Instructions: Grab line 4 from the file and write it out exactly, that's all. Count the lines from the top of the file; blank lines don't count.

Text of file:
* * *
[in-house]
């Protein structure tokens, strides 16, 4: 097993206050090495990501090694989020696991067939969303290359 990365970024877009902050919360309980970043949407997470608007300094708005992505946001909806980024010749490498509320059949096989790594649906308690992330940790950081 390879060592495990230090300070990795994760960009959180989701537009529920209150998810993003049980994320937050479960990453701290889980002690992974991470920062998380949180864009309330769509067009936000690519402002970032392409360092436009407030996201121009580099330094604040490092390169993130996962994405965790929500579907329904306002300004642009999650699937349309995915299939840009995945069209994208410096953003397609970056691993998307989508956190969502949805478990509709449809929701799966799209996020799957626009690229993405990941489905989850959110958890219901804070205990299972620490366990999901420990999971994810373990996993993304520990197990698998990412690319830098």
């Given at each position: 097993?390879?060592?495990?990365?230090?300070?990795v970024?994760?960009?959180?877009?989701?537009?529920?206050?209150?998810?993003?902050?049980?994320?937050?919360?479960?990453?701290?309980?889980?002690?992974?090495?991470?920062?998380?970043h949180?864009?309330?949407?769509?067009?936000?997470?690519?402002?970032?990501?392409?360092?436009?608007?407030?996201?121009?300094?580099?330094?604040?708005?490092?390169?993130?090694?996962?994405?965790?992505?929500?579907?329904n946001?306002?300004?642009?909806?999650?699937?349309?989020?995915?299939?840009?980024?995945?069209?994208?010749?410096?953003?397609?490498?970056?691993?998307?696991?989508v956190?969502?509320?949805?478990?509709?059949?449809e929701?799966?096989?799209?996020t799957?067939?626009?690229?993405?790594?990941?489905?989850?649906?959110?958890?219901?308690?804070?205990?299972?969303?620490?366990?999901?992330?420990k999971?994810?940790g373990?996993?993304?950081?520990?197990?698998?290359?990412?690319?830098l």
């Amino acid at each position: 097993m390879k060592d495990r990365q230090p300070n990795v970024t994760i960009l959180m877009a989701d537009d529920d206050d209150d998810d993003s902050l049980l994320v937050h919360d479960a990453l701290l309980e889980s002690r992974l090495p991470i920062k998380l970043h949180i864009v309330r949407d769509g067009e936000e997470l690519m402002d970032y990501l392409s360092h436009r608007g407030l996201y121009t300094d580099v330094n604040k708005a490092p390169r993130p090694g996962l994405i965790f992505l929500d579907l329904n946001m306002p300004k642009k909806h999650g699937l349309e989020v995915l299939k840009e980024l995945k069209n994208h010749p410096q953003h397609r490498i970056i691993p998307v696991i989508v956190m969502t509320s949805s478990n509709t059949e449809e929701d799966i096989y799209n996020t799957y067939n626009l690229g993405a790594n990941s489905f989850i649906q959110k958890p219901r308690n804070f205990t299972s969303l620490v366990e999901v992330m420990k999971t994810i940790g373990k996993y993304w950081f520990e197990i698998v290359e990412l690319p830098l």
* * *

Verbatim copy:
């Amino acid at each position: 097993m390879k060592d495990r990365q230090p300070n990795v970024t994760i960009l959180m877009a989701d537009d529920d206050d209150d998810d993003s902050l049980l994320v937050h919360d479960a990453l701290l309980e889980s002690r992974l090495p991470i920062k998380l970043h949180i864009v309330r949407d769509g067009e936000e997470l690519m402002d970032y990501l392409s360092h436009r608007g407030l996201y121009t300094d580099v330094n604040k708005a490092p390169r993130p090694g996962l994405i965790f992505l929500d579907l329904n946001m306002p300004k642009k909806h999650g699937l349309e989020v995915l299939k840009e980024l995945k069209n994208h010749p410096q953003h397609r490498i970056i691993p998307v696991i989508v956190m969502t509320s949805s478990n509709t059949e449809e929701d799966i096989y799209n996020t799957y067939n626009l690229g993405a790594n990941s489905f989850i649906q959110k958890p219901r308690n804070f205990t299972s969303l620490v366990e999901v992330m420990k999971t994810i940790g373990k996993y993304w950081f520990e197990i698998v290359e990412l690319p830098l």